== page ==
Green Right Now Reports
So you’ve got milk. But is it the best kind?
A study by Washington State University published this week confirms what many shoppers have suspected for years: organic milk is healthier than conventional milk.
The study found that organic milk contained higher concentrations of heart-healthy omega-3 fatty acids than milk from conventional dairy farms.
Because organic dairy cows are pastured and fed omega-3-containing grasses and forage, their milk is higher in the health omega-3 fatty acids. While cows raised in conventional settings, fed corn and soy grains, produce milk that's higher in omega 6s.
The findings affirm the rationale behind organic dairy farming, that a better, more natural diet for cows (which are ruminants who naturally eat grass) results in a better quality product.
But it’s not news that the American Dairy Association is likely to digest well. The ADA has long supported conventional milk, which is what the vast majority of dairy farms produce, as every bit as good as organic.
The ADA explains its position in a statement on organic milk:
There is no difference between organic and regular milk. Both contain the same unique package of nutrients that makes dairy products an important part of a healthy diet. An 8-ounce serving of organic or regular milk offers the same amount of nine essential nutrients, including calcium, vitamin D and potassium.
It may still be true that both types of milk offer those nutrients listed. But the difference in fatty acids between the two types of milk, which is not addressed by the ADA statement, may be a critical one. Medical research continues to laud omega-3s as helping lower the risk of a range of diseases.
Researchers found a stark difference
After analyzing 384 samples of organic and conventional milk from around the country, the research team found that organic milk contained 62 percent more healthful omega-3 fatty acids and 25 percent fewer omega-6s.
With more omega-6s, the conventional milk was found to have a higher omega-6 to omega-3 ratio (of 5.8), which is not considered as heart healthy as a lower omega-6 to omega-3 ratio (of 2.3), which is what was found in the organic milk, the researchers reported.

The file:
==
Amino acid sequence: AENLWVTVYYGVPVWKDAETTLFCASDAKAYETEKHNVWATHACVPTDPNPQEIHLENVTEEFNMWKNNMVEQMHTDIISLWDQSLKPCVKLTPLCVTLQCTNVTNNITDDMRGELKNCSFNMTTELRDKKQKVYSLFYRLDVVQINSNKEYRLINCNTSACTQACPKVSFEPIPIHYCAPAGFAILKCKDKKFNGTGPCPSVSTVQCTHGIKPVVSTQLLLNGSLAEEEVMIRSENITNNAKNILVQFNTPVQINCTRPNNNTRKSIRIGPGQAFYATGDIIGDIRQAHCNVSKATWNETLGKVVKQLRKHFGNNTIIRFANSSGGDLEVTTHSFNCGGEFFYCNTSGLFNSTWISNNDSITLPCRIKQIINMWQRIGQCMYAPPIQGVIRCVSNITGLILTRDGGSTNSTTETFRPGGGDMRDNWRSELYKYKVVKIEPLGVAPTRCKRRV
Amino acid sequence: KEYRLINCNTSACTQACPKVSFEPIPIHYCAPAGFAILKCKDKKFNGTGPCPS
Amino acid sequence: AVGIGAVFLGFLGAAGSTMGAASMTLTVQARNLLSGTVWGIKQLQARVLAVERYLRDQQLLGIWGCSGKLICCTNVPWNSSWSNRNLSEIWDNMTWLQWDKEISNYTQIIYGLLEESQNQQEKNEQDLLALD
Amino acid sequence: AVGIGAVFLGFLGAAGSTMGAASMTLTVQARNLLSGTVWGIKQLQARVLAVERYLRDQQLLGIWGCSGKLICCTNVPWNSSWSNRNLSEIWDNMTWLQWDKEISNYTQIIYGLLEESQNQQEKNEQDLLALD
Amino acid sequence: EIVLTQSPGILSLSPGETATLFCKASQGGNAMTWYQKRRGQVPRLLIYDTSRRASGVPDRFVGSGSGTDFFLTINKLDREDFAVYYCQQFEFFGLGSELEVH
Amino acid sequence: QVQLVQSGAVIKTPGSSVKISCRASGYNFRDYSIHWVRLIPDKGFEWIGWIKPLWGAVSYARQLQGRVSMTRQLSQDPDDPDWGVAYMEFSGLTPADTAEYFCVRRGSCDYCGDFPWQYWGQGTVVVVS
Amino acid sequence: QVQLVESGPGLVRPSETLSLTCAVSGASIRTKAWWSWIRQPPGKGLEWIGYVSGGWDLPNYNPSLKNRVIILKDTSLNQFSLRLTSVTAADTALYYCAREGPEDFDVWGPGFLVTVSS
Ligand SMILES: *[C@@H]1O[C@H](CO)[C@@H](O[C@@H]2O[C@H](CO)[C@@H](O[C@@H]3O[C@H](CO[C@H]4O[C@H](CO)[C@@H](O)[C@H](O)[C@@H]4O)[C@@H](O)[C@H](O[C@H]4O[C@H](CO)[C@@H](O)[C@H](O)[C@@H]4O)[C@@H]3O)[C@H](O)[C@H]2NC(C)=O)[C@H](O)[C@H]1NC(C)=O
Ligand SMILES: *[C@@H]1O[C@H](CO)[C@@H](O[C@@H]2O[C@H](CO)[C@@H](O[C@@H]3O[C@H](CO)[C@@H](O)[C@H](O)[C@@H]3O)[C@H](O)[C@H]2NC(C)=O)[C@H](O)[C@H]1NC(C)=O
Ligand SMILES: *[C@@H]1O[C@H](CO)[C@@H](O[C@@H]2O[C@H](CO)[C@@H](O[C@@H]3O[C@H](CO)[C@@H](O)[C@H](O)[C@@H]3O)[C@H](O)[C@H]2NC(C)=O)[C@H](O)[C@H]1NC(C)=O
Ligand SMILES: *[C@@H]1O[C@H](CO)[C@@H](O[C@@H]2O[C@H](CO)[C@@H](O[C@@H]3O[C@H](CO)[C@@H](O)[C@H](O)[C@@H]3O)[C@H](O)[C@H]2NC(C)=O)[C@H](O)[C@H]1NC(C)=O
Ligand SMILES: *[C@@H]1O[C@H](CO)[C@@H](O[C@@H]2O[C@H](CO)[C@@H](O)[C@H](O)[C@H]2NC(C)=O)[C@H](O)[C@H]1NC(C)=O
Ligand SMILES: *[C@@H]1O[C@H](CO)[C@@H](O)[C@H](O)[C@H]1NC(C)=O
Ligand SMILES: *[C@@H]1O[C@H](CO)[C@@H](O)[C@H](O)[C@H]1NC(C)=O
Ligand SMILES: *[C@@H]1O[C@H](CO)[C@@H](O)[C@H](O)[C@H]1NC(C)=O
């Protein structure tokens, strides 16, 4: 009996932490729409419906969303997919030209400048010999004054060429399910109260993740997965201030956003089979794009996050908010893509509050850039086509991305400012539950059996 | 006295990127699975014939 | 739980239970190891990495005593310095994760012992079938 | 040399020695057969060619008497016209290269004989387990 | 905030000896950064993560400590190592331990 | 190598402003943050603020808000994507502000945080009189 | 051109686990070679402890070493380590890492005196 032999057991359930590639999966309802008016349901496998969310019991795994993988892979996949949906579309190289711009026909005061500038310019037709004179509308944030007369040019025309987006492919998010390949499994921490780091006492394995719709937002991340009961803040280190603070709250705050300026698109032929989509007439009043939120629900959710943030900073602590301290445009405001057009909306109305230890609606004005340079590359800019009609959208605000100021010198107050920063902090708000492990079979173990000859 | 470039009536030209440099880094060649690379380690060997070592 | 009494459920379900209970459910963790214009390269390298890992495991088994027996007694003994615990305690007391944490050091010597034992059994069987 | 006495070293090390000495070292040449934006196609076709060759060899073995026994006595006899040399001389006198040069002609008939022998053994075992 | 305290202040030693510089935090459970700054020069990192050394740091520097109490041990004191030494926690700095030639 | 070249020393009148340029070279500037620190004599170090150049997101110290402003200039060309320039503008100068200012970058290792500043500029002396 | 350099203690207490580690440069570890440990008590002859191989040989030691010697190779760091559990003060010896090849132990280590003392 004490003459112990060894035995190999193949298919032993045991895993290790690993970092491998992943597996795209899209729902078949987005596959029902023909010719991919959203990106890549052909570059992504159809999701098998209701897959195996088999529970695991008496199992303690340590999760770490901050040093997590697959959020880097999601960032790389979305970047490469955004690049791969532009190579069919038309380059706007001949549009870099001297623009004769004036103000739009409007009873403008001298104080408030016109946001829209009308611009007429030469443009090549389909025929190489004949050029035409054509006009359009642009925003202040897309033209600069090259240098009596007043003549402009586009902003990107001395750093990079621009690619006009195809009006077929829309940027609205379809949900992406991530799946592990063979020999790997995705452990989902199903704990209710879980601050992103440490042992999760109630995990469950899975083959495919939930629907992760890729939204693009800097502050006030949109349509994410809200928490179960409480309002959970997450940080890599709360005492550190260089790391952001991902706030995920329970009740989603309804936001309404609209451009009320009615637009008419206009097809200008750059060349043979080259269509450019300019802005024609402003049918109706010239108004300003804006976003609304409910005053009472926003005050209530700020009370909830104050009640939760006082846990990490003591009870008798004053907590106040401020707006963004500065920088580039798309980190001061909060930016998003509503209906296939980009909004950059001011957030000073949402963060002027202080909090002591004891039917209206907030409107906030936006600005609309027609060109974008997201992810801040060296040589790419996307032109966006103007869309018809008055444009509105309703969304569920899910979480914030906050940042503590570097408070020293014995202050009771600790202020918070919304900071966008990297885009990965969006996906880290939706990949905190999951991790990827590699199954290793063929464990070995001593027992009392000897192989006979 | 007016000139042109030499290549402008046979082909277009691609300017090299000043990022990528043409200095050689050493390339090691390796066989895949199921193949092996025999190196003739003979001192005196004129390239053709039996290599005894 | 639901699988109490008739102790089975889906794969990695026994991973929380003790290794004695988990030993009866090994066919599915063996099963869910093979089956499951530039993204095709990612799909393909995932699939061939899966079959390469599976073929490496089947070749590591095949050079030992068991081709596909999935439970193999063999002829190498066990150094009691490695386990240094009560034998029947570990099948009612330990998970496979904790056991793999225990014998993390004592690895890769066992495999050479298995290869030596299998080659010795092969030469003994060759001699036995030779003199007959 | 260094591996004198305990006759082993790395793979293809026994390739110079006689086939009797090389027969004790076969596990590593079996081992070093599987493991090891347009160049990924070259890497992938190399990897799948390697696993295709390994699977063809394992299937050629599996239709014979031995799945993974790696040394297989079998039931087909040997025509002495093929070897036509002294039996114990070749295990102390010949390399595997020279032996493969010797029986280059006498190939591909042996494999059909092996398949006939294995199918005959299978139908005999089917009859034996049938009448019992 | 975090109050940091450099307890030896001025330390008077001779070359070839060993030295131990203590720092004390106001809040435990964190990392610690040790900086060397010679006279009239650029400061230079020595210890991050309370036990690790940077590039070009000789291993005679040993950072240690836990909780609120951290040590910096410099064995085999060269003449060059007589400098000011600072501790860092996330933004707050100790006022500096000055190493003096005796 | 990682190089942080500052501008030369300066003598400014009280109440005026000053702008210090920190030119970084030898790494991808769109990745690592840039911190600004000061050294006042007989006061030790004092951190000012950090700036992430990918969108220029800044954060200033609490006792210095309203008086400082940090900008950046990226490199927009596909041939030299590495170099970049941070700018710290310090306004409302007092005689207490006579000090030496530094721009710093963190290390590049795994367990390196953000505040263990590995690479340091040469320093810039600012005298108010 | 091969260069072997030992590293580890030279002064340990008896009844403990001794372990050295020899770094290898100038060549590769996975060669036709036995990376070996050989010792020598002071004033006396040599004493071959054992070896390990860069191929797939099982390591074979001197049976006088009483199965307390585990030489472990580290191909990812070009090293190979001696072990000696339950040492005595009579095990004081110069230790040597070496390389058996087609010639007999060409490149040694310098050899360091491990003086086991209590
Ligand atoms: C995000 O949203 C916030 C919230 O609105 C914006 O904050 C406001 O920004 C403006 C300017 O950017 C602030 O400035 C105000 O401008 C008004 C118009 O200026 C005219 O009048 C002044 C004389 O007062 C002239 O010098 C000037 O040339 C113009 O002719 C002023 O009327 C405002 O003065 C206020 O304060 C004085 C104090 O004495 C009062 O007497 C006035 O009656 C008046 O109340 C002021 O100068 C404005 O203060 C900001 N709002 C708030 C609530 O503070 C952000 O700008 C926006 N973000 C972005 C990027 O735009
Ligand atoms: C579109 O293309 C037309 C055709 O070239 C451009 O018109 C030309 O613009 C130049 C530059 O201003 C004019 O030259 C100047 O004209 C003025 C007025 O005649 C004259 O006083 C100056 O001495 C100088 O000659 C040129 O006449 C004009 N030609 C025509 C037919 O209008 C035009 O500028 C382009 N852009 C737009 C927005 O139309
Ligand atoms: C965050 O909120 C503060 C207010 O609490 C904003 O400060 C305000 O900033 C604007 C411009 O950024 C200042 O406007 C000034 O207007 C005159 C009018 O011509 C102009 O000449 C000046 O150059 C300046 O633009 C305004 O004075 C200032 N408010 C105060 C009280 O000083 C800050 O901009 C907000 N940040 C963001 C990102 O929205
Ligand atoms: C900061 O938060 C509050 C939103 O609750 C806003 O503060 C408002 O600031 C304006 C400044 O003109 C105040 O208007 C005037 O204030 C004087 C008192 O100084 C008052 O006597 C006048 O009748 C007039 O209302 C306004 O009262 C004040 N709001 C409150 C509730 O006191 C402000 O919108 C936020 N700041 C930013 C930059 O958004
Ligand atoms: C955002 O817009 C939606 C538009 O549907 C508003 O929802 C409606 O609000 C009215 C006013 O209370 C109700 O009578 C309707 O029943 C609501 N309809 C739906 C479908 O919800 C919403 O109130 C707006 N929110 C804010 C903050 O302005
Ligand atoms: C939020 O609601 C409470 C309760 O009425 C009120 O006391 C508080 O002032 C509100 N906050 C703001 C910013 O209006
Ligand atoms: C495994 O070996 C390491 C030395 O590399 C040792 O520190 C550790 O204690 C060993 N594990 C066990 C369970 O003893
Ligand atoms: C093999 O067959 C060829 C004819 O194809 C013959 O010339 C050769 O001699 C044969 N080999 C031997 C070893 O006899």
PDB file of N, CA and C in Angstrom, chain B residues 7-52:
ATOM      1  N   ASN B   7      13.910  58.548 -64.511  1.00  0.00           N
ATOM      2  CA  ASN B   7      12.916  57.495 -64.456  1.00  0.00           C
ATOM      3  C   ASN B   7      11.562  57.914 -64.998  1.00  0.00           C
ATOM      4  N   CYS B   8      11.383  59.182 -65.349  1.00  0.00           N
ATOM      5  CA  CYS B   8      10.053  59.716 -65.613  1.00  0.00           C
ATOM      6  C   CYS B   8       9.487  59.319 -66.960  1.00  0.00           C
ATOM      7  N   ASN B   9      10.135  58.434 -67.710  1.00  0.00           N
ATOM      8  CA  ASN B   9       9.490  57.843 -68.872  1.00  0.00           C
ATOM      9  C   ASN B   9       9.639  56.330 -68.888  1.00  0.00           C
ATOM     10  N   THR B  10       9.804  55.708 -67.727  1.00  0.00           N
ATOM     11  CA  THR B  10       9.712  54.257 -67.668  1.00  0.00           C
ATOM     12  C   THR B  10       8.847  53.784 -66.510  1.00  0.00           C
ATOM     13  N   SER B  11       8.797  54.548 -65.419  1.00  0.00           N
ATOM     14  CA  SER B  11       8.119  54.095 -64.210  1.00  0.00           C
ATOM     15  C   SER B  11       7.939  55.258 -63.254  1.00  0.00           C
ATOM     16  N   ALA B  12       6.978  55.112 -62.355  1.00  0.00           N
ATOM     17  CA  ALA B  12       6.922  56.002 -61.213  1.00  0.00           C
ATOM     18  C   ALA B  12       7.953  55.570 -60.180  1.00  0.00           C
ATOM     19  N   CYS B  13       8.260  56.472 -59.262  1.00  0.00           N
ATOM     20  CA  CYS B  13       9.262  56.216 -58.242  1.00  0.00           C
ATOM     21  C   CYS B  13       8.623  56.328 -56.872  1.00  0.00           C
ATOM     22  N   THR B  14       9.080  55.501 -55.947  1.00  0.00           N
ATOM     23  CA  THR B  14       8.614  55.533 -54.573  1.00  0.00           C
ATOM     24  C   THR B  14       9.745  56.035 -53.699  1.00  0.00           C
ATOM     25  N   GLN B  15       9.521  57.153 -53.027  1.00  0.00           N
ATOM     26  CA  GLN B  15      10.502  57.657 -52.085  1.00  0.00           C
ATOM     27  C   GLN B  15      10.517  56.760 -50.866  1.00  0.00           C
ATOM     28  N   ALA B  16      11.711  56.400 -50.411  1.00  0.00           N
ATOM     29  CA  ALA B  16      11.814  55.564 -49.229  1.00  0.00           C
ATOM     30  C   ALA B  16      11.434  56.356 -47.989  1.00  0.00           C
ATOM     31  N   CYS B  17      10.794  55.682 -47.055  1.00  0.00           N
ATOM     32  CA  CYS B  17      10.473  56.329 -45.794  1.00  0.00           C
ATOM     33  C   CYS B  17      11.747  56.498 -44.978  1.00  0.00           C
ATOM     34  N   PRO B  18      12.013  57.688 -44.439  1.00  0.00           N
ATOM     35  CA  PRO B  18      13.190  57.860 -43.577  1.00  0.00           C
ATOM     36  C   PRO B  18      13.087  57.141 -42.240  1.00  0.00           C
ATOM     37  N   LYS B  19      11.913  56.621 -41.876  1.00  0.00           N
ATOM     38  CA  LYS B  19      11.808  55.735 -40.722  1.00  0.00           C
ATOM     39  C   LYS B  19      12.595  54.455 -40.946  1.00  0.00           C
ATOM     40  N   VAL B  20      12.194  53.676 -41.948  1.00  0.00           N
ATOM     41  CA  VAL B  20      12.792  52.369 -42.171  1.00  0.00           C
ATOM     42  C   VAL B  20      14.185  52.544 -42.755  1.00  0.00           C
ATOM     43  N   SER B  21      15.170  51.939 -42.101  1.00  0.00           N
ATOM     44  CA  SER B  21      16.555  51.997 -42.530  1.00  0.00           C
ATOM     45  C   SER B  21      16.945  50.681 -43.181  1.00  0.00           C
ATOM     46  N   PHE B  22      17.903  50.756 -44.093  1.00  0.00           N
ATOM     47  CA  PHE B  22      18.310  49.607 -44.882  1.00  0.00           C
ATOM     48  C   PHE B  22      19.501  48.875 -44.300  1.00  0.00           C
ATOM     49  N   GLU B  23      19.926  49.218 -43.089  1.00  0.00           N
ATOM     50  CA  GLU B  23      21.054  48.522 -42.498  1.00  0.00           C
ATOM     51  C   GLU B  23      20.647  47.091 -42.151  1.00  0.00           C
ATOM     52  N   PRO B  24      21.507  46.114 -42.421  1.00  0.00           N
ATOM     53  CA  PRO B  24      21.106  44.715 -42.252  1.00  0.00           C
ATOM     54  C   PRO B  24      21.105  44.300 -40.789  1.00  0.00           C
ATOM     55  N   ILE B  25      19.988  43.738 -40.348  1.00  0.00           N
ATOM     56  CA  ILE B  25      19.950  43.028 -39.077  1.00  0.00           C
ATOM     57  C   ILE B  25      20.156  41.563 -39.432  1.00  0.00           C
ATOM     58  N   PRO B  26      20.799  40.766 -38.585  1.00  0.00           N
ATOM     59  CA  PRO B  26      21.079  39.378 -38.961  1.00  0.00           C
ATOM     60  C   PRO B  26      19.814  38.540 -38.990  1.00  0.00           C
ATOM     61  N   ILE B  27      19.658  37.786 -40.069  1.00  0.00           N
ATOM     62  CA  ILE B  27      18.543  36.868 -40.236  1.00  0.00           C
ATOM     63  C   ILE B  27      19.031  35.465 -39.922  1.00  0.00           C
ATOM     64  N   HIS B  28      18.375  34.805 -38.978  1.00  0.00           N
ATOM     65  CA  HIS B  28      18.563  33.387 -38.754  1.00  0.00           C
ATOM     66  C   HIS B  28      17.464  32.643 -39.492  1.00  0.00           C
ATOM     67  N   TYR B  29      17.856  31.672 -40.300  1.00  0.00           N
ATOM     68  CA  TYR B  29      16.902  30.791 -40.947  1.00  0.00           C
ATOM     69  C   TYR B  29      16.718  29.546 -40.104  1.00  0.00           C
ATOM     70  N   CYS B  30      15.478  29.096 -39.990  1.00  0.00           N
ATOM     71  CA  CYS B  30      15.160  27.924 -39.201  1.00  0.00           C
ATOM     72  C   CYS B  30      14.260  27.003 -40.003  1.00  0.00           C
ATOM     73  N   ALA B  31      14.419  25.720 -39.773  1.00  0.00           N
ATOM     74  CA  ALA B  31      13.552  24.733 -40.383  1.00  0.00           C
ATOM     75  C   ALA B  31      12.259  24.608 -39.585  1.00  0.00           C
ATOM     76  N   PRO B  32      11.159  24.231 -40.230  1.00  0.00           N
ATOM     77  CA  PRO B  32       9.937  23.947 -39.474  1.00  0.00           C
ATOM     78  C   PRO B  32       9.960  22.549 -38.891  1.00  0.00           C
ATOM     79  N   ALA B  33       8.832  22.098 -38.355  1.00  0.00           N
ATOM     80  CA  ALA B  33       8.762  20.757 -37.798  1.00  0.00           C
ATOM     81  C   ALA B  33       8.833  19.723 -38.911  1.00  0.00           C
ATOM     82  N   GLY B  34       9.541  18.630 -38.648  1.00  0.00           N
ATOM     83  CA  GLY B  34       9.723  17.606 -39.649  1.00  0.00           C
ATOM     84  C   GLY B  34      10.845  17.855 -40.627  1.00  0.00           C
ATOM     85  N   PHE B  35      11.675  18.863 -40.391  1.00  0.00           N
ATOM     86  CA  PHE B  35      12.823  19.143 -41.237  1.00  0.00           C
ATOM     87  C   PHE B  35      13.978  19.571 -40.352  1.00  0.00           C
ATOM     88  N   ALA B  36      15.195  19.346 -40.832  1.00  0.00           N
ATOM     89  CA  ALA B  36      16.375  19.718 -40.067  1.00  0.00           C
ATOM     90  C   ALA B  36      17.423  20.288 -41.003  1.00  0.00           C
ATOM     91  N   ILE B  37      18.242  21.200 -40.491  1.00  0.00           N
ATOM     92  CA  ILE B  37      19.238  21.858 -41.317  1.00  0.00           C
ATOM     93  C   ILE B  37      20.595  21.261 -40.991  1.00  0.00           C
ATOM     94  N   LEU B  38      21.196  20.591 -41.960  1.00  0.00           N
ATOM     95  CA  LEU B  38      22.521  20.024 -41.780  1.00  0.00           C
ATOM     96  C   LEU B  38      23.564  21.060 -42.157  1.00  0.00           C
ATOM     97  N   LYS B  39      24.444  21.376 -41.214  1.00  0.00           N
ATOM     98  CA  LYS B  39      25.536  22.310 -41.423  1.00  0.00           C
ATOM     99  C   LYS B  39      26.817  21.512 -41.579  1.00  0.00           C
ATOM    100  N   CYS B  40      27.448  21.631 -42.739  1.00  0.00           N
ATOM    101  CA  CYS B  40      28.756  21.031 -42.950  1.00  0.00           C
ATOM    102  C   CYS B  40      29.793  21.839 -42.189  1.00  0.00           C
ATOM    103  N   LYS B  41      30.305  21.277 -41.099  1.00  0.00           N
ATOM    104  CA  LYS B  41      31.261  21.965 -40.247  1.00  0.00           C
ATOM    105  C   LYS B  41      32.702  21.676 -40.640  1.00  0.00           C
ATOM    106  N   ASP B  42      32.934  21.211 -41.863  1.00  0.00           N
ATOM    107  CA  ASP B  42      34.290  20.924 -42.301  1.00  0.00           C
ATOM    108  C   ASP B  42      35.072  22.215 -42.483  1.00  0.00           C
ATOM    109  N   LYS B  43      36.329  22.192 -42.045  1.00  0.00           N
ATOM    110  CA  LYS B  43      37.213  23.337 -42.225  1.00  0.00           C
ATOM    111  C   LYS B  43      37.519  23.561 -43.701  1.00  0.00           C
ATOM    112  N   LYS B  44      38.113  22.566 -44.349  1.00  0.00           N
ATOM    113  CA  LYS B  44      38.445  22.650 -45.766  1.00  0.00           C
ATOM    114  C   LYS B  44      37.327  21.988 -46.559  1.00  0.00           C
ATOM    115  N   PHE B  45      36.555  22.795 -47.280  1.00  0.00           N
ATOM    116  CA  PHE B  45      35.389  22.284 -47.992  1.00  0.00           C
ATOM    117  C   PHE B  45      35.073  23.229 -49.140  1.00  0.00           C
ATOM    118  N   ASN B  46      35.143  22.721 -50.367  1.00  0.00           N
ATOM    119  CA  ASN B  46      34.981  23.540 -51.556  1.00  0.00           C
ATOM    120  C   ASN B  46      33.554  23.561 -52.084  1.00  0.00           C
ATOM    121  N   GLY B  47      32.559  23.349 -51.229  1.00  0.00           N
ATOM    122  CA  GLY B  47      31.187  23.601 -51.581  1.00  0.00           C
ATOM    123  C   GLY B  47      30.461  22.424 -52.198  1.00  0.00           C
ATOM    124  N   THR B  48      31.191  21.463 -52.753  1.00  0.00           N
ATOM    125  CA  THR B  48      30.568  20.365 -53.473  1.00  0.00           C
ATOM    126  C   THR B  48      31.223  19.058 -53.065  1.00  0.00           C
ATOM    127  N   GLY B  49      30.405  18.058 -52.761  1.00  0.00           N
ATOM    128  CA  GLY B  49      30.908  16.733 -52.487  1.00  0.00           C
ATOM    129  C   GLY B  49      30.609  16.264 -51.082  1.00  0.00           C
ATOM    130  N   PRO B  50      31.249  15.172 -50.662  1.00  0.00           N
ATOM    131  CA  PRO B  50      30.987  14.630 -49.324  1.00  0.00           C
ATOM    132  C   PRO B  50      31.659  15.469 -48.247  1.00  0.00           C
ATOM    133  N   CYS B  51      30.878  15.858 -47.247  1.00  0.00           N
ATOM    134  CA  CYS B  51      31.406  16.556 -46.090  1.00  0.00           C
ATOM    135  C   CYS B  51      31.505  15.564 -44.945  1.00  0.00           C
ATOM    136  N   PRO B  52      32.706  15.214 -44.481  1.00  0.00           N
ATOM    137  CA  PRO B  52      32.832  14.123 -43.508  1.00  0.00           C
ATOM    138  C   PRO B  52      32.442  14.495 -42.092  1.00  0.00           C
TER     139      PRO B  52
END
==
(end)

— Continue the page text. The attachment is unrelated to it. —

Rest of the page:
The ratios are used as a way to determine the health profile of a food, or diet. This method of looking at healthy vs. less healthful oils has evolved because the American diet, which tends to be rife with less-healthful oils, such as those used in fried and snack foods, winds up being far higher in omega-6 oils.
Other research has found that this over-consumption of omega-6s creates an imbalance between omega-6s and omega-3s that contributes to inflammation in the human body. Inflammation, in turn, raises the risk of heart disease, autoimmune diseases, and cancer, according to emerging research.
Recent studies have even found that full-fat milk may be beneficial for reducing the risk of heart disease, stroke and diabetes, the study noted.
With both full-fat foods and omega-3s having been found to have benefits, the types of oils and fatty acids Americans consume are a matter of intense review, and their role in major chronic diseases that affect millions of Americans being examined and reexamined.
Even though it's well understood that dairy cows consuming grass (a requirement for organic cows) will produce milk richer in omega-3s, the WSU researchers said they weren't expecting to see such a stark difference between the organic and conventional milk.